The Texas Method – Part 1

You should notice a trend in my advice and opinion on training; illicit an adaptive stress to improve. A person who hasn’t done serious and consistent strength training will benefit from a Linear Progression (LP). There are different kinds of LPs, but the best will have a given set and rep scheme and will increase the load each workout. An LP will allow one day of rest in between training days and will typically average three training days per week. Some very good LPs include Starting Strength (SS) and the Greyskull LP (from Greyskull Barbell).


When a trainee can no longer recover after resetting several times, they will need to upgrade their programming to something more complex. The trainee is unable to adapt on a daily (by workout) basis, and must now shift into a weekly adaptation. During this time the trainee needs to specify some kind of goal; the goal will begin to funnel the training. That’s why I like to recommend that people compete; it continues the funnel into a spout that ends in competition day. In any case, a good next step for a trainee is upgrading their program to the Texas Method (TM).


The TM is designed to create a stress with higher volume, and then express the adaptation and further the stress with intensity. The by-the-book program (from the book, “Practical Programming” by Mark Rippetoe and Lon Kilgore) is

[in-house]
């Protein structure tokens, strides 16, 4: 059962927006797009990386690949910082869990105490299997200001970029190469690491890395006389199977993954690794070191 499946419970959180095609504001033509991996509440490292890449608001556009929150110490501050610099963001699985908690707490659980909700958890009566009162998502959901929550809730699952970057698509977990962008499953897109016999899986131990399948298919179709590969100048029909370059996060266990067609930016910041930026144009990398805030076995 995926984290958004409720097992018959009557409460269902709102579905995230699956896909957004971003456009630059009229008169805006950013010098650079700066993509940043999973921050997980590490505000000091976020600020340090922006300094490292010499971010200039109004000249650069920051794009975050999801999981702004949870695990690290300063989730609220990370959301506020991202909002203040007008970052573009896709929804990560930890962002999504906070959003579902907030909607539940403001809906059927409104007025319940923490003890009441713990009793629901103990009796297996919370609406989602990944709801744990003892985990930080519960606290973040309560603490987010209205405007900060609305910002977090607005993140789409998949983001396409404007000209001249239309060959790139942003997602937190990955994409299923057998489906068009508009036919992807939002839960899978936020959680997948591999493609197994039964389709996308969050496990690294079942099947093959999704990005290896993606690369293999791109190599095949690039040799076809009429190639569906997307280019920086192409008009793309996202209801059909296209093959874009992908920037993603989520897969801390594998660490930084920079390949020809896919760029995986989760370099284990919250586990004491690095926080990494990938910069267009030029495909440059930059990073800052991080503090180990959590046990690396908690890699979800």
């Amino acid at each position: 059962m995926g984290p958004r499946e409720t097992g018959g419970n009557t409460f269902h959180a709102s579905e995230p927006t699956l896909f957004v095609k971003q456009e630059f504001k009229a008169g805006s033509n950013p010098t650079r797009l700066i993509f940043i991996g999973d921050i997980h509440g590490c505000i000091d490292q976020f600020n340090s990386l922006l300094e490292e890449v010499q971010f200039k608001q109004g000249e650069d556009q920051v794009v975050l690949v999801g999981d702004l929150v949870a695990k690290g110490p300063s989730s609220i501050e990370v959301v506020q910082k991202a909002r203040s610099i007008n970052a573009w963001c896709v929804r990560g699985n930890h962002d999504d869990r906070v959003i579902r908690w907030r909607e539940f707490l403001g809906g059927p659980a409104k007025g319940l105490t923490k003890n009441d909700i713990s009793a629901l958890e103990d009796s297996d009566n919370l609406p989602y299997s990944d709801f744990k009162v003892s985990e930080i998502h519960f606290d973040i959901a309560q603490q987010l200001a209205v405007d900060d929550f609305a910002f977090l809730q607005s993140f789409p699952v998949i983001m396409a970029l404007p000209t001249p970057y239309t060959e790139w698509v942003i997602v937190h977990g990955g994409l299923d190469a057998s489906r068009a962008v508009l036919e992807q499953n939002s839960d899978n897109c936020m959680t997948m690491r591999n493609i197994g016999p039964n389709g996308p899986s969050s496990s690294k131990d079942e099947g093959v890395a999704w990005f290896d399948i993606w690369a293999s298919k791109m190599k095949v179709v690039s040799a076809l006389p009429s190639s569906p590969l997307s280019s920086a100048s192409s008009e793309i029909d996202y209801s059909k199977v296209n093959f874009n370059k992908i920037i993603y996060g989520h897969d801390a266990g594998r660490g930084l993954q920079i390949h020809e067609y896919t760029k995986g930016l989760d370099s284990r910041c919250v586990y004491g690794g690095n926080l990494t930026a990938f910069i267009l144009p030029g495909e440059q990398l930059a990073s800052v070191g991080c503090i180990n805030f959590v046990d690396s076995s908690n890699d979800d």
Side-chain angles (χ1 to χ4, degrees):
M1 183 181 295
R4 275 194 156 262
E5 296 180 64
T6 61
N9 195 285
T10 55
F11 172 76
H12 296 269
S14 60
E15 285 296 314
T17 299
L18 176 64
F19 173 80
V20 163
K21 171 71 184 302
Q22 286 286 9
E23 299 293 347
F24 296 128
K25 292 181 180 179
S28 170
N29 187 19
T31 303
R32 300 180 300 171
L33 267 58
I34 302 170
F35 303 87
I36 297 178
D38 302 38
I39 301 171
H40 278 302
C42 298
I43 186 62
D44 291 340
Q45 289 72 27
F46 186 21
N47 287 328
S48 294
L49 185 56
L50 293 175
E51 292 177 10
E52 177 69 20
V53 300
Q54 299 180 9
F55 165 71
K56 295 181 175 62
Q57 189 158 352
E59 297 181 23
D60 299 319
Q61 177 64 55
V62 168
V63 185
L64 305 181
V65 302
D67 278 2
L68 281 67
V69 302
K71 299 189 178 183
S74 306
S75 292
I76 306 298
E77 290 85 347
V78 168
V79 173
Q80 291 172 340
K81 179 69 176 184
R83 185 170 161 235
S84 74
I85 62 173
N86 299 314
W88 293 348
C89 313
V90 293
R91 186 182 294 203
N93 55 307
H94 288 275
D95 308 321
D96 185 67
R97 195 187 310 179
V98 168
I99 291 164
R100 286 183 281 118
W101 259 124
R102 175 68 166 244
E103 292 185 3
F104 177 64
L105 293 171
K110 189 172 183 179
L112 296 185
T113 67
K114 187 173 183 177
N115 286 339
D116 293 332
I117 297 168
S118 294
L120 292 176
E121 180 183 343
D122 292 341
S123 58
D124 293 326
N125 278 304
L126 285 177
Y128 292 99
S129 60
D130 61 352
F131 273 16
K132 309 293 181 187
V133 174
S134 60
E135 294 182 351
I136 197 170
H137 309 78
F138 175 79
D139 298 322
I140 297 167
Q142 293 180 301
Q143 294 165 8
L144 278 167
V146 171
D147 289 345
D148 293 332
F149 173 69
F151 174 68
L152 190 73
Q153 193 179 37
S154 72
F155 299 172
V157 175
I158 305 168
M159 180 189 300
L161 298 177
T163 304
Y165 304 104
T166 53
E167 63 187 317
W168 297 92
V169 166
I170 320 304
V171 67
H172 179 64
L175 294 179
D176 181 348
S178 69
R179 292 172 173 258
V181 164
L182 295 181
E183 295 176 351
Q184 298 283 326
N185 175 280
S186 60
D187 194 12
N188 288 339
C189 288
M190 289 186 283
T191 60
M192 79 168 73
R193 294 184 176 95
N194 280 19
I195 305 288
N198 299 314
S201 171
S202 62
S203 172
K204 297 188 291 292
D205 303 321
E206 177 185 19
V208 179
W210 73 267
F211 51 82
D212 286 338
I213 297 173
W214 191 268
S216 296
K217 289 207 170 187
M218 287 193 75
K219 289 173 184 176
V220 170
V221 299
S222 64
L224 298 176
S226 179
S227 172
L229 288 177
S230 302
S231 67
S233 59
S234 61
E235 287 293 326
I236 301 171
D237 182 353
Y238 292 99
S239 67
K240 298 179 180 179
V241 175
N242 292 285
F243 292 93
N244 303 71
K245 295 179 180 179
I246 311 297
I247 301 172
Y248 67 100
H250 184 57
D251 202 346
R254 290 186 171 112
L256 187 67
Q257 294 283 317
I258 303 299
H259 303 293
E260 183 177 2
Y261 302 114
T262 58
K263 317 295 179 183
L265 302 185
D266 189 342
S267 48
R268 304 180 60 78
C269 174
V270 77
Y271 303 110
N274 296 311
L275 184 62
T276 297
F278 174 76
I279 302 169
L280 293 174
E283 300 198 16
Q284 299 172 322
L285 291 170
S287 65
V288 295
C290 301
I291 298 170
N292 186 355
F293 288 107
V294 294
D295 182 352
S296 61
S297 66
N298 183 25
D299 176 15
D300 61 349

Monday — 5×5
Wednesday — Light work, commonly 80% for 2×5
Friday — 5 rep max (5RM)


Many people see this and implement it in all situations. If a person has come off of a LP, particularly SS, then this is a good transition. However, it works best as a general strength program and will be better off if modified for most trainees. When I use the term TM (I usually say “a TM set-up”), I imply a program that manipulates volume and intensity to yield a weekly progression. This means that you don’t have to be locked into the above template. After the beginning phases of any LP, there is no cookie cutter program. One-size-fits-all doesn’t apply to the human body because each individual is full of variances and peculiarities, and this is why programming is an art. It’s also why I bitch about needing more information if you ask me a question on pretty much everything (I do this all the time; my friends and girlfriend sometimes get annoyed). Most people don’t implement programs very well because they don’t know how to modify them for their own goals or situation. Tweaking the TM will be a focus in subsequent posts on the TM.


Typical 5x5 weight for me was 445




What is the TM good for?
The TM is a very good general strength program. It continues an appropriate dose/response of tonnage on the body while moving along the upper limit of stress that the body can handle (the latter references experienced trainees who have been on the TM for a few months). A proper LP will have established a good body size, and the TM can continue to build and refine mass, although it is not optimal. However, properly positioned assistance exercises can help increase the size of some body parts that may have been neglected during an LP (barbell curls, weighted dips, power shrugs, and neck harness being the best options for size).